Monday, January 30, 2012

Review: Jack of Kinrowan, by Charles De Lint

Jack of Kinrowan is an omnibus edition containing Jack the Giant-Killer and Drink Down the Moon. They’re urban fantasies set amid the greener corners of Ottawa, following the adventures of Jacky Rowan, who, along with a few other twentysomething types, weaves in and out of the parallel faerie dimension to face an assortment of its more unpleasant denizens, and nudge the fair folk from their habitual fecklessness in the pursuit of a quest or two. The plot of Jack the Giant-Killer is nearly revealed by the title: it has Jacky and her more pragmatic friend Kate barge rather recklessly into a serious political situation among the magical people, but they manage, with timely help, quick judgments, and an amazing dose of luck, to confront and prevail over the darker hordes. In Drink Down the Moon, Jacky and Kate, now promoted to official guardianship roles, come in late to assist against a new threat to the unaligned faeries of the Ottawan Elsewhere, which has already dragged in human musician Johnny Faw, and has robbed the wild sidhe of a leader for their life-sustaining full-moon wander.

So. As a personal bit of background, I recall Giant-Killer, getting some informal praise on the science fiction circles I lurked back in the early 90s, to the extent that I thought it might be worth reading at some point or other. The first of the two was published in 1987, at a time when urban fantasy was gelling into something of a sub-genre, but a good decade and a half before it took off deeply into teen fiction. Emma Bull’s War for the Oaks, for example, came out in the same year, and I read that one based on similar acclaim from that group; John Crowley’s Little Big, which is one of the most brilliantly endearing books ever, came out just a couple years before (and if it didn’t define the genre, then it should have retired it). Authors were still busy updating the world of fairytales to modern times, and reclaiming them for adult readers. Meanwhile, one of my real-life friends enjoys Charles de Lint, and for this reason alone, I am inclined to find out what’s good about these particular stories.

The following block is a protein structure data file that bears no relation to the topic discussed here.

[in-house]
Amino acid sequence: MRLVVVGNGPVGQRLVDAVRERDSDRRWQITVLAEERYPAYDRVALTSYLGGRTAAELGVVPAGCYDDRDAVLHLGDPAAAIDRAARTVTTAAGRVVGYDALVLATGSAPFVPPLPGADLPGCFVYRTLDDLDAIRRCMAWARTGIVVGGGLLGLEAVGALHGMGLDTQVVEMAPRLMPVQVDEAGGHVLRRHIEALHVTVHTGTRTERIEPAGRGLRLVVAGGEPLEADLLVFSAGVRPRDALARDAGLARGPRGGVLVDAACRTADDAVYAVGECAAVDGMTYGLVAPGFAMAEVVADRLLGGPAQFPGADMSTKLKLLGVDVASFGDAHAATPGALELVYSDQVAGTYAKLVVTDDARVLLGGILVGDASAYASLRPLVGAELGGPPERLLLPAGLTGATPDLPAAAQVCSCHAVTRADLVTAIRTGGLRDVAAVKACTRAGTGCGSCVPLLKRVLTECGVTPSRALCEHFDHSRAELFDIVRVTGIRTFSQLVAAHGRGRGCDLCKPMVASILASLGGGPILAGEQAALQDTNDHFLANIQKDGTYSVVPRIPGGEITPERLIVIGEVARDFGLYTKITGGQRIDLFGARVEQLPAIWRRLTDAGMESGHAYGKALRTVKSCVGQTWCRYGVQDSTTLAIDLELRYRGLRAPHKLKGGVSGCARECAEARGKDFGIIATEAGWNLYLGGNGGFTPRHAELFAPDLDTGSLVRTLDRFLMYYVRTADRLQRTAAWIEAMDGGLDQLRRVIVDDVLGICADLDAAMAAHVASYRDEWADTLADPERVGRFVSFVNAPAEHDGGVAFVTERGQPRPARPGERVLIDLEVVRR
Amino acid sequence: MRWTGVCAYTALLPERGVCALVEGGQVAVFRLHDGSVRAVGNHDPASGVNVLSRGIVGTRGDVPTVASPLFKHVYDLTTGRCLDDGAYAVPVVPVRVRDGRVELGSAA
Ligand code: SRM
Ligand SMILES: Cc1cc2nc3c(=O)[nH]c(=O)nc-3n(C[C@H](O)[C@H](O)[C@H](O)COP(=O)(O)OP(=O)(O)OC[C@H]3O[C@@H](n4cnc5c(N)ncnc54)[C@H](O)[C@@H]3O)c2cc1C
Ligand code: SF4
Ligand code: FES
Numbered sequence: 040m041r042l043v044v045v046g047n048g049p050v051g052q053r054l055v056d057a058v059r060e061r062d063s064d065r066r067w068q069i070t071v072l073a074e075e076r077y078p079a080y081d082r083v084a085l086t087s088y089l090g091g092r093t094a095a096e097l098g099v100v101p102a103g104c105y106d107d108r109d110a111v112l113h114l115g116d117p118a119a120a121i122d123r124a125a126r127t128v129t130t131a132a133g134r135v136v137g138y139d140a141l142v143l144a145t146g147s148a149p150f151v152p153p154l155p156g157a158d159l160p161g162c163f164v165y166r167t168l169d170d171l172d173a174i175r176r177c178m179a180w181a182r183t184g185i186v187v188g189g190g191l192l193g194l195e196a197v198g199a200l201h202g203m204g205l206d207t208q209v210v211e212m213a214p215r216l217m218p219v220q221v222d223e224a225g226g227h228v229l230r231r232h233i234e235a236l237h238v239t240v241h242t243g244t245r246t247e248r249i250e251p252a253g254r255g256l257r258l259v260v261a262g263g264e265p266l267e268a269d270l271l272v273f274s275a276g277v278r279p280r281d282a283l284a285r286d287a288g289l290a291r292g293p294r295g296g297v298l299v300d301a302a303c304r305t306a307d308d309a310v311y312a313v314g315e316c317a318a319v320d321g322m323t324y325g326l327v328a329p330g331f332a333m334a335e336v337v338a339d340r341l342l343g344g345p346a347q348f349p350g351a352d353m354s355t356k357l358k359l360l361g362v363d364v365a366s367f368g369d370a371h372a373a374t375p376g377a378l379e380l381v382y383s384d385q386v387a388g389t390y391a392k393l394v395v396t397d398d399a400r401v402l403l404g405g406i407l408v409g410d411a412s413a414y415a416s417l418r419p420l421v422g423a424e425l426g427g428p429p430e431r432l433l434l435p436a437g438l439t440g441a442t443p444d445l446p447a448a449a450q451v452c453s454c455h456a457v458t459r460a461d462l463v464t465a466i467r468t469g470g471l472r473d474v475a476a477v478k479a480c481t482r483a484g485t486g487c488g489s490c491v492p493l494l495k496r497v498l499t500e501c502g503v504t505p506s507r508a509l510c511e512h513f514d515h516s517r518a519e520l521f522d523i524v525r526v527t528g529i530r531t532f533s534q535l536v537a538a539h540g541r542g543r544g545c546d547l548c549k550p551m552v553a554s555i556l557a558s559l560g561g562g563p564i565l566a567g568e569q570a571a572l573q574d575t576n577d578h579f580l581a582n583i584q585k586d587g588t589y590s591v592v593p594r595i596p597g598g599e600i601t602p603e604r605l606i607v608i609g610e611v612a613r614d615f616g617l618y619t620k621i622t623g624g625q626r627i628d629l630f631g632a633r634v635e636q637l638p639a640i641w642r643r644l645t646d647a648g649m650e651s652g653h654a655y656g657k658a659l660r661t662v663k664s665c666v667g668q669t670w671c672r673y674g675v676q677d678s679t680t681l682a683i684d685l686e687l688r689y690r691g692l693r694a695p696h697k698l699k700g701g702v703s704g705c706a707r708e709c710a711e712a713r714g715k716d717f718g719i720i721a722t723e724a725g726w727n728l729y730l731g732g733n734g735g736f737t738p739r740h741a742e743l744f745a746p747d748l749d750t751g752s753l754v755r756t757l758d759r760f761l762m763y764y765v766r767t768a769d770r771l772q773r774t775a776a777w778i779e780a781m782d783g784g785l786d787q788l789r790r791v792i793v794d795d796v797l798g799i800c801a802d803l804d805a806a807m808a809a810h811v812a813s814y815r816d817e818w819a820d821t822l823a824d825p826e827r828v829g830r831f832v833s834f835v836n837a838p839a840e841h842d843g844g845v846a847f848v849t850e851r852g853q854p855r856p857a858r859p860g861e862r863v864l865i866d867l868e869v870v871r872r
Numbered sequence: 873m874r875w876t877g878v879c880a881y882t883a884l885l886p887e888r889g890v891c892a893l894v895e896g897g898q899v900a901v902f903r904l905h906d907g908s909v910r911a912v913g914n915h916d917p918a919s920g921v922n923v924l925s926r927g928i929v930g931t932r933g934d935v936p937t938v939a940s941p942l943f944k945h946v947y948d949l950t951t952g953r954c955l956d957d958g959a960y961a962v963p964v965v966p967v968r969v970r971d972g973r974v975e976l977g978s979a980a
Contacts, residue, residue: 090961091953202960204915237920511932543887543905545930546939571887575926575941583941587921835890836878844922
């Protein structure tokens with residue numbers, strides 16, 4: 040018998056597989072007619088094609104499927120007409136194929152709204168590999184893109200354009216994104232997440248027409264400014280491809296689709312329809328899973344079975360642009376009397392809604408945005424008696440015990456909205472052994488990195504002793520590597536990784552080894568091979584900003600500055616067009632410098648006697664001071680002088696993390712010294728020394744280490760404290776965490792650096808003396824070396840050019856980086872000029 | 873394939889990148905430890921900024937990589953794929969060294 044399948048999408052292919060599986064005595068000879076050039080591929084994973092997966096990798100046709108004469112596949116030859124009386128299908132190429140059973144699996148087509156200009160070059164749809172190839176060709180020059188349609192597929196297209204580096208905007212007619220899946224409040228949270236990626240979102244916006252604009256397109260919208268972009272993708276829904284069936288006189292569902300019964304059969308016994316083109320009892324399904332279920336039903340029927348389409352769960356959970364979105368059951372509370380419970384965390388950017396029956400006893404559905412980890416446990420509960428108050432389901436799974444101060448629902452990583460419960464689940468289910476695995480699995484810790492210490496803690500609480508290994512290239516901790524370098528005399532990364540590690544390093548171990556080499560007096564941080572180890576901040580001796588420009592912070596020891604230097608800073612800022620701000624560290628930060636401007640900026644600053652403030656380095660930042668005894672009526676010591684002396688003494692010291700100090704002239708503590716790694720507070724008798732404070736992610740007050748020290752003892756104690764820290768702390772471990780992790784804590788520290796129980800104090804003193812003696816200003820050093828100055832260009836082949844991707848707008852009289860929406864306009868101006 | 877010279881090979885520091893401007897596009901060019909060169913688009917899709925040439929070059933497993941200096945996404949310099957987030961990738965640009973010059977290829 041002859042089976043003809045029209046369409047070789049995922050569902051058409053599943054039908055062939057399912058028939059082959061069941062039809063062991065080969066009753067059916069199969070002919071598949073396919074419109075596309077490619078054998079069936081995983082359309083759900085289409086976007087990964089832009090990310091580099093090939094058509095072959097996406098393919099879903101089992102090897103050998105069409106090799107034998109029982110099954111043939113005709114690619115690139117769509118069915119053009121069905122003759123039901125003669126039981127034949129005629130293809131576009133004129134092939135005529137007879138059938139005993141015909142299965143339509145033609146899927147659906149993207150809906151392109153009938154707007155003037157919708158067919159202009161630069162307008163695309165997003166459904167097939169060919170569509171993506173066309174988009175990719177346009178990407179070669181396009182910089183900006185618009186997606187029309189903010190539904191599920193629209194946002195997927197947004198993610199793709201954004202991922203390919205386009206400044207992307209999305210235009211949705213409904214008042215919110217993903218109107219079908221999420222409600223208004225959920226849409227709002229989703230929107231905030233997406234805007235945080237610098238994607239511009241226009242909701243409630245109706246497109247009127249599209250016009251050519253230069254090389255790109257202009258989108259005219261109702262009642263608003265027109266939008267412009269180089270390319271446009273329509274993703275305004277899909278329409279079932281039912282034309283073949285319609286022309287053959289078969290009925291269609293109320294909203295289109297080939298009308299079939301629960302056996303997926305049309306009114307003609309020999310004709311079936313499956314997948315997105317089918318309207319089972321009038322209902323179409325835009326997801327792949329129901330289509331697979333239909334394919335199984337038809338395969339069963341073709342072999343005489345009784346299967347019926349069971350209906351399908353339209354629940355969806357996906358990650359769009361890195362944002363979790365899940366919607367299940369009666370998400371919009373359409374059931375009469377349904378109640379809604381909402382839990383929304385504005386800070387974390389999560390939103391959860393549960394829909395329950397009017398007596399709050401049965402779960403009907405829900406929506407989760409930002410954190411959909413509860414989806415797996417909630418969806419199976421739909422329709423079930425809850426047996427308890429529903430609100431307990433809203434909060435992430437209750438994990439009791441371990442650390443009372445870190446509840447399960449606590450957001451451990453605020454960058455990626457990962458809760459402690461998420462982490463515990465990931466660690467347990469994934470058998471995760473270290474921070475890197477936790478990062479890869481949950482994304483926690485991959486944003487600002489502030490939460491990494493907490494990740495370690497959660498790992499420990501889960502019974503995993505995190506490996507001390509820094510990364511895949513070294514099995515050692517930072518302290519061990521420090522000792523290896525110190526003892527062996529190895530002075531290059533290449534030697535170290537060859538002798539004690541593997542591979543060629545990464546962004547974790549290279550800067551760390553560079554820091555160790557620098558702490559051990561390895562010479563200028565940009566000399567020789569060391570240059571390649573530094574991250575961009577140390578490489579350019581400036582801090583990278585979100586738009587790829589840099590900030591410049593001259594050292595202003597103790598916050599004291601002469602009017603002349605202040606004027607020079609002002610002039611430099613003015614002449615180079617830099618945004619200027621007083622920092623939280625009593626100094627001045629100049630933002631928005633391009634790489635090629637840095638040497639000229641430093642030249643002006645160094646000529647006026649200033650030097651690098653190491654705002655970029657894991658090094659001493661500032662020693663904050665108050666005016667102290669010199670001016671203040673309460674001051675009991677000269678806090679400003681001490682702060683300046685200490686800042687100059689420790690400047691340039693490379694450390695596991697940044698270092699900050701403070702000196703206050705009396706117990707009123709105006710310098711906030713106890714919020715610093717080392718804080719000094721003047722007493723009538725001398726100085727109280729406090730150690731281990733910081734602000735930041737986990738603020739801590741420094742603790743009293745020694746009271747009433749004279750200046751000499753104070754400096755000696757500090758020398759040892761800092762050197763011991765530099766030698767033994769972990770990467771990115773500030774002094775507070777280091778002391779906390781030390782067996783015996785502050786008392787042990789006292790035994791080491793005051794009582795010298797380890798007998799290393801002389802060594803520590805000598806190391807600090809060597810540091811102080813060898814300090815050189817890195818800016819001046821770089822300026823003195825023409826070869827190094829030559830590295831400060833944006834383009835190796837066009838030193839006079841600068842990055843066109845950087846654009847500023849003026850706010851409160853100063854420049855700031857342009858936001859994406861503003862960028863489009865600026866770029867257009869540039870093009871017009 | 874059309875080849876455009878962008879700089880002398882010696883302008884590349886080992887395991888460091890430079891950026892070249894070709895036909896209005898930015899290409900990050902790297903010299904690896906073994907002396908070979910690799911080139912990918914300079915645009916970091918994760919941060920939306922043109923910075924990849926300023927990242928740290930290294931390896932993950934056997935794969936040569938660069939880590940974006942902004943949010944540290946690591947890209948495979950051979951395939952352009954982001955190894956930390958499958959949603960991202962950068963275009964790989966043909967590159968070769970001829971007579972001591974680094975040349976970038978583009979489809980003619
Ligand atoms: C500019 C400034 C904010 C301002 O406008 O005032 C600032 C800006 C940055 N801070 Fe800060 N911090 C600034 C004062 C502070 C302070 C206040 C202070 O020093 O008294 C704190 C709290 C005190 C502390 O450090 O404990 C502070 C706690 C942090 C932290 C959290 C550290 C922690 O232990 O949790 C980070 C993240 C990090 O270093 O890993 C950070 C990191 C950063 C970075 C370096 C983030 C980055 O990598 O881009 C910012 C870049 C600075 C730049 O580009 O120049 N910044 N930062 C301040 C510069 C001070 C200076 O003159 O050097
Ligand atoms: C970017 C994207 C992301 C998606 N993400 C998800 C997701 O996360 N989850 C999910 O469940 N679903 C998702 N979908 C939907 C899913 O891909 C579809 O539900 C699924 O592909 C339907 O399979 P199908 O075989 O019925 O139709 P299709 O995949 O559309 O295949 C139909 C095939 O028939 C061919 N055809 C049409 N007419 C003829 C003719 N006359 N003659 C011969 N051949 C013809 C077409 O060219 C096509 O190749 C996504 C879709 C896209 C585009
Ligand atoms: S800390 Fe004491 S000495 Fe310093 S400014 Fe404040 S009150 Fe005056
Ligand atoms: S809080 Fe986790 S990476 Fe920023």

The de Lint stories are both quick and economical reads, and I take them as quality little escapes. They’re not especially heavy on inner psychological drama, but they offer just enough depth of character to make the people interesting, just enough personal challenge to get us on their side, just enough threat from the mages and goblins to worry about them making it out of it. Jacky’s had some bad luck with relationships, and we catch her feeling sorry for herself at the end of one, but her strength is credible enough, something that people with better judgment can readily see. It’s fun to put an independent woman in a fantasy quest role too, without ever once turning her into an action hero or giving her a savior complex. Johnny we find facing the recent loss of his grandfather and musical mentor, and uncovering the inherently tragic relationships the old man had in his life. The human characters are all young and single, and if their world-wide-open mindset, and the mild romantic subtext that doesn’t neglect to pair off the attractive people appropriately at the end, tends to be a little much for my old jaded self right now, then I’m at least assured that all the characters are pushing 50 here in 2012.

Although there is some necessary dissection of “the rules,” and a background of how the (even) fair(er) folk immigrated to North America, it doesn’t strive to the ponderous level of Big Idea. The magical characters remain true to their natures, but de Lint doesn’t make them inaccessibly mercurial and fey, or which are convenient for them. They think and reason like anyone else, and have made the concessions to modernity that they have to. Refreshingly, the humans react fairly understandably to discovering them. They doubt it’s real, but de Lint doesn’t take the conceit that the characters have somehow never read the same stuff that everyone has. They know their fairy stories as well as I do. I think de Lint’s aim, and his greatest success, is to capture the enthusiastic spirit of the old characters of the plucky beanstalk climber or the clever tailor and find who they’d be in a modern context. The characters act and react, make their decisions by thinking fast. It makes for a few enjoyable afternoons.

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